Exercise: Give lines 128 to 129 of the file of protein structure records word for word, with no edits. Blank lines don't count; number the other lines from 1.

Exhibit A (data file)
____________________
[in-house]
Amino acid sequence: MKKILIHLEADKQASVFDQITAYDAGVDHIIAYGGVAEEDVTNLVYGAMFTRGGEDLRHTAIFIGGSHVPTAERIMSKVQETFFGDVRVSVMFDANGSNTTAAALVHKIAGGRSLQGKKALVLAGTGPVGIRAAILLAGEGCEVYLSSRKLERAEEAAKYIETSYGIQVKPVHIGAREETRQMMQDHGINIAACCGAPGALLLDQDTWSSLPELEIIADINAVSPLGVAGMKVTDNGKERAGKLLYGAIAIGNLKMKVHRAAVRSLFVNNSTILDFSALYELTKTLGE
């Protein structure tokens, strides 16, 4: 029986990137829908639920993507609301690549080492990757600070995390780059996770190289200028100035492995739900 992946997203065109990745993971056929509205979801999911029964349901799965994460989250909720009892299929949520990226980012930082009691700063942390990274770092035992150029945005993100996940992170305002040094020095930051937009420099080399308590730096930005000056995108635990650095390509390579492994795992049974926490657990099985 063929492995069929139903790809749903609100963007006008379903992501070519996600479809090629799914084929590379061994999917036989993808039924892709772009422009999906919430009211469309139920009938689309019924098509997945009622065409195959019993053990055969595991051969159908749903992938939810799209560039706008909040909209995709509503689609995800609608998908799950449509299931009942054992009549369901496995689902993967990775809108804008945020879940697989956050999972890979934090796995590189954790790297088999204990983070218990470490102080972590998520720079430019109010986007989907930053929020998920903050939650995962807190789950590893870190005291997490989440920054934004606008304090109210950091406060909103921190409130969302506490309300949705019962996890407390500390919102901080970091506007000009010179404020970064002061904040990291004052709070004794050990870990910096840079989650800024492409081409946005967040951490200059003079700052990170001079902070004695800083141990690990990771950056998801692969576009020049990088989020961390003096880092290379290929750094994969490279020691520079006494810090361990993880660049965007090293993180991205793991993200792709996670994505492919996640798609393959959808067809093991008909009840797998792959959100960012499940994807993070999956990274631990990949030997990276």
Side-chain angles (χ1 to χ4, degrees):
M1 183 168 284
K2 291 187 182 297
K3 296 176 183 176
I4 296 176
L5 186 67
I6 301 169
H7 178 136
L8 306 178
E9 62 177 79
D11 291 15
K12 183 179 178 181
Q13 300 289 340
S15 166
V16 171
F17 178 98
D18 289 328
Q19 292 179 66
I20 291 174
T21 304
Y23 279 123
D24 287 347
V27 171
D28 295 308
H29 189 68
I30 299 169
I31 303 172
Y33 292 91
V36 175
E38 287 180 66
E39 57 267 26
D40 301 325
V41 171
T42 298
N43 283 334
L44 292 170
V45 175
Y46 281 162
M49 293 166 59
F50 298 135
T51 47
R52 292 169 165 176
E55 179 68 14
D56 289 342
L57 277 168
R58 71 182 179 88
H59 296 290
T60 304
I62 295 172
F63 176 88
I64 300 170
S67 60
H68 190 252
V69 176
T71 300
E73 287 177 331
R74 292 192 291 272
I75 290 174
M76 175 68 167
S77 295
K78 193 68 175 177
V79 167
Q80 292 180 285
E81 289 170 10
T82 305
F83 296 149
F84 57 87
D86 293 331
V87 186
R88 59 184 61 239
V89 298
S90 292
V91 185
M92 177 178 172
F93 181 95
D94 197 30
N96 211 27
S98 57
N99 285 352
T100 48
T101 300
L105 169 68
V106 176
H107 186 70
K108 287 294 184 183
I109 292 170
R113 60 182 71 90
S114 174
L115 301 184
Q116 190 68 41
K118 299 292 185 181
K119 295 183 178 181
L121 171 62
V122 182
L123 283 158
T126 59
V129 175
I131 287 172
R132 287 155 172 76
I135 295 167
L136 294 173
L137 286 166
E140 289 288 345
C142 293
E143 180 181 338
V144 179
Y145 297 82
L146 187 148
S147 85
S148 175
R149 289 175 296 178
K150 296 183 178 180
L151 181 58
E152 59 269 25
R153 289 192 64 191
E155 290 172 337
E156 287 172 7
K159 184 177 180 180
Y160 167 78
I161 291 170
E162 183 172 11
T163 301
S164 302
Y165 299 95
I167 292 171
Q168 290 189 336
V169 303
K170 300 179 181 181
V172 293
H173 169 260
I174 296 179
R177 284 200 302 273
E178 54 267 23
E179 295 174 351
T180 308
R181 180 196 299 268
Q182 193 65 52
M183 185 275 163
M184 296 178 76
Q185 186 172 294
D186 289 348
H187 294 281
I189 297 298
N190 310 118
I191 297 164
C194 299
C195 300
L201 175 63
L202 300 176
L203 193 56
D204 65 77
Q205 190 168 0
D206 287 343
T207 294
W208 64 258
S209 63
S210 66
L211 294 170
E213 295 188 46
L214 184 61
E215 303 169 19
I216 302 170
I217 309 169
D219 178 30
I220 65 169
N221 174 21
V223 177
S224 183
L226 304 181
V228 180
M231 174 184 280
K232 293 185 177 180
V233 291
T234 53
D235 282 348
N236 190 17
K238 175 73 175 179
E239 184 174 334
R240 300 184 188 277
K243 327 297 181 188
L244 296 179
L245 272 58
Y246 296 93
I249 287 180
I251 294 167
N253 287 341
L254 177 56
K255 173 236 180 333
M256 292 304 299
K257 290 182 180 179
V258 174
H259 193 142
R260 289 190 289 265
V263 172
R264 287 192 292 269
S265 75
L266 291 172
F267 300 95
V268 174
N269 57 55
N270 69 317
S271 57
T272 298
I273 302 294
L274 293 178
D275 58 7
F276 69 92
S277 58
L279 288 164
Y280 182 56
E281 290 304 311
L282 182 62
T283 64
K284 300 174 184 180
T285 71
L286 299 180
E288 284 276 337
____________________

I167 292 171
Q168 290 189 336